The research could help improve road safety, allowing traffic controllers, police and other services to access up-to-date information from any number of public buses already on the streets.
In a test, the researchers equipped city buses with environmental sensors and cameras, allowing the vehicles to become transmitters of measurements, warnings and live or recorded videos to anyone allowed to access the data.How's the weather?
In tests, they embedded humidity and temperature sensors on buses. One pair of sensors checks the road surface while the other pair analyses the air. The sensors were selected and designed to resist to pollution. They were also designed to quickly acclimatise to the environment, as buses may have to go through tunnels, tiny dark roads, bridges and city parks over the course of a few minutes.
The data gathered by the sensors is processed on the bus, using a small but very powerful computer. The computer can then warn the bus driver if for example foggy or icy conditions are imminent.
The computer can also send alerts to a public transport control centre via a variety of wireless connections, including mobile radio systems, wifi or wimax networks, and UMTS (3G). The control centre can in turn warn nearby buses of dangerous conditions through the same wireless channels.
The system can also be set up to warn city traffic-monitoring centres of road conditions, making these mobile environmental sensors another way to collect information on top of an existing network.Bus lane violators, beware!
The same video system can also be used to count the number of vehicles in adjoining lanes and measure their speed, helping to alert a city traffic-monitoring centre of road conditions on the ground, in real time.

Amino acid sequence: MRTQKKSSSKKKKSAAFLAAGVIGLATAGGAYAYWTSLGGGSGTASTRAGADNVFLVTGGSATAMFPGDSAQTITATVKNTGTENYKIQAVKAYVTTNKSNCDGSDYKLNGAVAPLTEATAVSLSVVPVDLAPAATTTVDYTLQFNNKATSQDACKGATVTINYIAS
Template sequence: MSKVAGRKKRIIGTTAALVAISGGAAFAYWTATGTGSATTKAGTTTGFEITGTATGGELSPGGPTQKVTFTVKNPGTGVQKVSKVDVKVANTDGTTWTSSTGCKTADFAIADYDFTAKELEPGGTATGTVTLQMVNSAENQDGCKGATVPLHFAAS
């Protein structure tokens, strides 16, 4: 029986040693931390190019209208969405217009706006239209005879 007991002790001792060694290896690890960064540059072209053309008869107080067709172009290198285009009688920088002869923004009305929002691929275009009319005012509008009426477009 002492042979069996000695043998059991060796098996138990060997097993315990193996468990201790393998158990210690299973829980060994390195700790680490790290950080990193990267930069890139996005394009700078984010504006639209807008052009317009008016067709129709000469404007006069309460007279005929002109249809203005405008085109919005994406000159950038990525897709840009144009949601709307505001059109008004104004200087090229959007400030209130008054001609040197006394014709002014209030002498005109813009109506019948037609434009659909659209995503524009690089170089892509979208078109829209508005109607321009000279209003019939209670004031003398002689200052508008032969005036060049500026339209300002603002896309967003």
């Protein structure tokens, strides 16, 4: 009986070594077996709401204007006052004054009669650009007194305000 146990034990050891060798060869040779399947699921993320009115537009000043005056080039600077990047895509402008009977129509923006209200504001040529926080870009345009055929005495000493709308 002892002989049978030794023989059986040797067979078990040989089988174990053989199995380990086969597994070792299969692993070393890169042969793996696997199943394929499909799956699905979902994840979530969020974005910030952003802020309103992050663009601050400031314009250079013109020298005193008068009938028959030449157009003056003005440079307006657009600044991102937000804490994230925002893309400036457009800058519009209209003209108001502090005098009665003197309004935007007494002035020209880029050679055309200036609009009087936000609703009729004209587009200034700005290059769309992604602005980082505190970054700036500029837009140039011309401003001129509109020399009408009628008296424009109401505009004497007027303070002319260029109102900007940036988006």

“Most large cities, where this type of system would be deployed, already have very extensive camera systems, inductive loops and environmental sensors networks in place to analyse traffic and weather,” explains Patrice Simon, the project’s co-ordinator. “But city traffic monitoring authorities involved in the project have told us they consider the information provided by buses as a useful supplement.”The road ahead
“Our project worked on a large number of allied technologies, and perfected them to the point where they could be economically incorporated into bus design, but that is just the beginning of what these systems could do,” explains Simon.
For example, MORYNE’s work on video capture, transmission in real-time and simultaneous recording could help improve security for bus drivers and passengers.
“The devices are quite small but very powerful, and we could develop software that could analyse images to detect if a fight breaks out on the bus, for example, and automatically alert the police” Simon notes.
Work on that particular technology remains to be done, but the EU-funded MORYNE project has demonstrated that it is feasible.
“All the public transport authorities we spoke to over the project showed a great and increasing interest for on-board security applications, but it was beyond the scope of the project,” says Simon. “Still, we have made significant progress in realising this type of system, and the image and sound analysis software to detect aggression is the only major element currently missing.”
Simon notes that partners will apply for funding to perfect the on-bus security applications, the sensors and the telecommunication network that bus services are clamouring for, in the autumn call for the next round of EU research funding, known as FP7.
Moryne received funding from the EU's Sixth Framework Programme for research.
Ahmed ElAmin | alfa
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